On November 4, the Health Subcommittee of the House Energy and Commerce Committee marked up an amended version of the Helping Families in Mental Health Crisis Act of 2015 (H.R. 2646), introduced by Rep. Tim Murphy (R-PA) and Rep. Eddie Bernice Johnson (D-TX). However, the bill still does not reflect the voices or meet the needs of millions of Americans with mental health conditions, said the National Coalition for Mental Health Recovery (NCMHR).
“The Health Subcommittee of the Energy and Commerce Committee failed to incorporate our recommendations,” said Daniel B. Fisher, M.D., Ph.D., Board President of NCMHR, which represents people diagnosed with mental health conditions and their organizations. “Our Coalition strongly urges Rep. Fred Upton (R-MI), Energy and Commerce Committee Chair, to incorporate the recommendations of our community in the next version of H.R. 2646, as advocated by President Bush’s New Freedom Commission on Mental Health, of which I was a member.”
Dr. Fisher said that NCMHR continues to have very serious concerns about the amended bill. “It still gravely impairs the functioning of the Substance Abuse and Mental Health Services Administration (SAMHSA), violates civil rights by advancing assisted outpatient treatment without exploring better alternatives and by loosening HIPAA, removes many legal protections for persons with disabilities by changes to the federal Protection and Advocacy program, forces peer supporters into an overly clinical role, and weakens states’ ability to serve their most vulnerable citizens by having the federal government dictate state mental health policy.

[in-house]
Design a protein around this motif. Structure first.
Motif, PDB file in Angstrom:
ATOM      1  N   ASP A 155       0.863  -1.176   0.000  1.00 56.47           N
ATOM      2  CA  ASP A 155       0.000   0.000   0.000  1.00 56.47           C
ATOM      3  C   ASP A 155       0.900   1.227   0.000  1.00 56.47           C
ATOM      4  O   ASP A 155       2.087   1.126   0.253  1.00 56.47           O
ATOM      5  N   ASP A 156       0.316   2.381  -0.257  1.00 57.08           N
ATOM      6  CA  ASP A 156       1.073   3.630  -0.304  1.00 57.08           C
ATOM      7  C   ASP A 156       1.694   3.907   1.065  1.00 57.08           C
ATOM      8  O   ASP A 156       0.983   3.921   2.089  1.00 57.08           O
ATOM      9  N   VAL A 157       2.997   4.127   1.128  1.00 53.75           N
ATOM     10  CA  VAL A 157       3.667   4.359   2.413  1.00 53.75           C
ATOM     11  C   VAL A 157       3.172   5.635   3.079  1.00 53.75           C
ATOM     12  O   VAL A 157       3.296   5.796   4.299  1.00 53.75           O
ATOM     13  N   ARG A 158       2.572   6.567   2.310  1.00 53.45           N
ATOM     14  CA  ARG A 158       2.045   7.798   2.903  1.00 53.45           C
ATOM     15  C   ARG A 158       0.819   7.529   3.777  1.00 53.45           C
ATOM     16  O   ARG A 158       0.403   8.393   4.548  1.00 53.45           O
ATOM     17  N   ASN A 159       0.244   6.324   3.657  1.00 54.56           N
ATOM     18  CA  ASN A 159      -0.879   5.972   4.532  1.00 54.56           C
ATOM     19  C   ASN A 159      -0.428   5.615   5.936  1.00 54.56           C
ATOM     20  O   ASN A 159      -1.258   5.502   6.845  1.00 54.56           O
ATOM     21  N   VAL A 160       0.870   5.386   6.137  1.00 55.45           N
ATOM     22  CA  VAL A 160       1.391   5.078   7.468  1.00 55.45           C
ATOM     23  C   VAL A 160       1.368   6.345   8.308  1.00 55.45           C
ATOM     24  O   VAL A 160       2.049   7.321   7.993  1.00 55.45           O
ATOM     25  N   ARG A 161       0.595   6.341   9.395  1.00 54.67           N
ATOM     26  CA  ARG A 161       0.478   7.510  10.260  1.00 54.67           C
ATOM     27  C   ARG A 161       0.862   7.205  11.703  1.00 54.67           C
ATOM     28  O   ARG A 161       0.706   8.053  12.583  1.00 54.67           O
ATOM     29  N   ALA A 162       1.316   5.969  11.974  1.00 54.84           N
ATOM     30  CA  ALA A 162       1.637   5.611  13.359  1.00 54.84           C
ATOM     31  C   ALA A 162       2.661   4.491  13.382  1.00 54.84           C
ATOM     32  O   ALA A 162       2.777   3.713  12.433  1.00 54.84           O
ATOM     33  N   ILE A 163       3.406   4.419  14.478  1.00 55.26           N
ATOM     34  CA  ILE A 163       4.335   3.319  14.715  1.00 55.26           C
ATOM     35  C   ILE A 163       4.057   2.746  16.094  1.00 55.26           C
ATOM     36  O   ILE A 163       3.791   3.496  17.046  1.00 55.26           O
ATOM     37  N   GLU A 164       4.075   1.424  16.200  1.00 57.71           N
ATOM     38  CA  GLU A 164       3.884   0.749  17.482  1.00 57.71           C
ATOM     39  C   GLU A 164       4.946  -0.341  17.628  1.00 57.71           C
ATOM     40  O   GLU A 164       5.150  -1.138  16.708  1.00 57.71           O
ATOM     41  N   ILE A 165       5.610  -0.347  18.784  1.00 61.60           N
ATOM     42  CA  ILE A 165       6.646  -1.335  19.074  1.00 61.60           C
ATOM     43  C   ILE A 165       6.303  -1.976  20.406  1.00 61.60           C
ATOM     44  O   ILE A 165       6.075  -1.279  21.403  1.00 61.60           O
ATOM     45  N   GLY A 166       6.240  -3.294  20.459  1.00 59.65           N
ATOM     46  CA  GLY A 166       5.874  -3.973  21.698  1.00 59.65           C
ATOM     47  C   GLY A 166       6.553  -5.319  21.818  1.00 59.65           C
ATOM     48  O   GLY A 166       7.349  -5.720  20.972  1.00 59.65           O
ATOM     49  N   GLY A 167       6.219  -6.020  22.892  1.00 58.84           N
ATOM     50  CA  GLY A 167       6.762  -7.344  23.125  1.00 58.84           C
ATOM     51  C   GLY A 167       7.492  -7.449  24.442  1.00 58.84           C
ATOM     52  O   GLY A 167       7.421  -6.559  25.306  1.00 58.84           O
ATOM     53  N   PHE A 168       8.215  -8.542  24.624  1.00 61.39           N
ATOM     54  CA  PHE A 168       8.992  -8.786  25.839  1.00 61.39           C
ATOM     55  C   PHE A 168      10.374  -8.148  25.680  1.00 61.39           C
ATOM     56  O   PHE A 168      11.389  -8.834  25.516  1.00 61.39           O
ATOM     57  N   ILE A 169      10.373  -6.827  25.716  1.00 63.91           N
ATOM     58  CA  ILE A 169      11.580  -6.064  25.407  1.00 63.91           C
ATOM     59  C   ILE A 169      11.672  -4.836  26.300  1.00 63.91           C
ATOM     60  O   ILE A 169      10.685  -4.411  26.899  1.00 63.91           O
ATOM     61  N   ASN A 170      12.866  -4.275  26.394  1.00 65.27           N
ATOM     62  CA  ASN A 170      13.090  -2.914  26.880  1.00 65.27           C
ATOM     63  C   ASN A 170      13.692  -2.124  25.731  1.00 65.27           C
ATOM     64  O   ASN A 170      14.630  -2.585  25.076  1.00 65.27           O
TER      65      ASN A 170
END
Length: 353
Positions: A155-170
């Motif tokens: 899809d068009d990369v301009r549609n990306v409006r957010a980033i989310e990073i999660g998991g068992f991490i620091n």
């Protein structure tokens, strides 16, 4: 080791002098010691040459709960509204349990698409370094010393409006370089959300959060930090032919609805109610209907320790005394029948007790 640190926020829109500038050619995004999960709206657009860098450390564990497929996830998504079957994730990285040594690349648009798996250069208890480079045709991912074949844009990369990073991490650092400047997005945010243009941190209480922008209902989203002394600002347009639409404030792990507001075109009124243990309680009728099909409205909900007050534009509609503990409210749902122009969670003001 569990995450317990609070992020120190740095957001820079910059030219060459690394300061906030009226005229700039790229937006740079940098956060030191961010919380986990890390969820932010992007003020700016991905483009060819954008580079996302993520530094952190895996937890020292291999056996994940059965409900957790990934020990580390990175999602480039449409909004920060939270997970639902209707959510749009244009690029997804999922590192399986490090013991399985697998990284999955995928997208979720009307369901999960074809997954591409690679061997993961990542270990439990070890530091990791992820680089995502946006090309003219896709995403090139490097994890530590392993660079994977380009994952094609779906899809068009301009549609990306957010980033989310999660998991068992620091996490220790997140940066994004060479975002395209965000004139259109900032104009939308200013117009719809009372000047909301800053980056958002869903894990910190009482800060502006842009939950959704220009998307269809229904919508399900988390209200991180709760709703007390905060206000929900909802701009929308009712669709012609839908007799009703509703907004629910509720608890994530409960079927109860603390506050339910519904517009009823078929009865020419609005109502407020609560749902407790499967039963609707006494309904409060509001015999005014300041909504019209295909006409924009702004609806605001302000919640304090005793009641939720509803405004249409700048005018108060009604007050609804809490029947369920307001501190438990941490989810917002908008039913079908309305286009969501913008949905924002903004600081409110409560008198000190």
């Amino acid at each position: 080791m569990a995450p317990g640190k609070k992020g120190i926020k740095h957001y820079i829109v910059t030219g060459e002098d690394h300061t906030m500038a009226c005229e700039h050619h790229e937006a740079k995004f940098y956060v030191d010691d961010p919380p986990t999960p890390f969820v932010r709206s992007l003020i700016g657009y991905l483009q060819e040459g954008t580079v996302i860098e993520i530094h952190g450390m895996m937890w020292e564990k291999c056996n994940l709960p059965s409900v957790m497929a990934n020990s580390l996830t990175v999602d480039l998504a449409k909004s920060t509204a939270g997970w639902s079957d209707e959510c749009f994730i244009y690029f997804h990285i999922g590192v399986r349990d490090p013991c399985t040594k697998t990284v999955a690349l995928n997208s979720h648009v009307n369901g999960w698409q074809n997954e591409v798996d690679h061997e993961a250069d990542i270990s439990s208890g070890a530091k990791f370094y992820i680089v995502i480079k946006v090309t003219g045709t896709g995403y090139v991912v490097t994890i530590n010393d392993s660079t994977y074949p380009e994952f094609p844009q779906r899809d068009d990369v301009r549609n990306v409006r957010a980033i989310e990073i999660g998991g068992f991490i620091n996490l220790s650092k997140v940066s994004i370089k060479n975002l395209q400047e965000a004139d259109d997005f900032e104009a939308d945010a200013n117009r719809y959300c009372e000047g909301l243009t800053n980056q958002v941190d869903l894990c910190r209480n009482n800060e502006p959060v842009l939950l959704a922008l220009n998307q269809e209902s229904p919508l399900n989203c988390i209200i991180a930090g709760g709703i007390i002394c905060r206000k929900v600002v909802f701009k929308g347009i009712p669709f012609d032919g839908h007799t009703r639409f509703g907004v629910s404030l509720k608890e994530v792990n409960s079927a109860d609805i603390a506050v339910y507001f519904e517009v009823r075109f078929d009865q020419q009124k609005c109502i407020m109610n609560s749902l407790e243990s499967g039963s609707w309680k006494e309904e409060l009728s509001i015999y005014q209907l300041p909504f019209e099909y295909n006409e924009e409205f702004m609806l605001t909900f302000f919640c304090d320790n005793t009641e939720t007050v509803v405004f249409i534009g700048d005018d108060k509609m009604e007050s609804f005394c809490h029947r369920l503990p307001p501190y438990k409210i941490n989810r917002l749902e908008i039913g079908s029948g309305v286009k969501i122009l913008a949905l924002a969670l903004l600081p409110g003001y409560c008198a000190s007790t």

“We, individuals who’ve been diagnosed with such serious mental health conditions as schizophrenia and bipolar disorder, have been disenfranchised,” he continued, “because H.R. 2646 has been written without the involvement of persons in recovery from mental health conditions.”
NCMHR’s recommendations include strengthening SAMHSA so it can promote:
- Supported employment and supported education approaches, which need to be further developed, taught, and reimbursed;
- Need-Adapted and Open Dialogue approaches to team decision making that include the family and the consumer, and that allow communication with families without HIPAA violations;
- Peers’ playing a central role in treatment and support, which will require new reimbursement structures for non-clinical roles for peers, training of peers in recovery-based approaches, and expanding state networks and national consumer-run technical assistance centers to support these changes;
- Development of crisis alternatives to hospitalization, including peer-run telephone support, peer-run and non-peer-run crisis respites, and crisis stabilization units;
- The capacity of the Protection and Advocacy for Individuals with Mental Illness program to protect the rights of individuals with mental health conditions, as mandated;
- Increased representation of individuals with mental health conditions and family members in the activities of HR 2646’s Mental Health Policy Laboratory.
NCMHR is a national voice for 31 statewide consumer organizations, consumer-run technical assistance centers, and associated organizations in the decisions affecting our lives.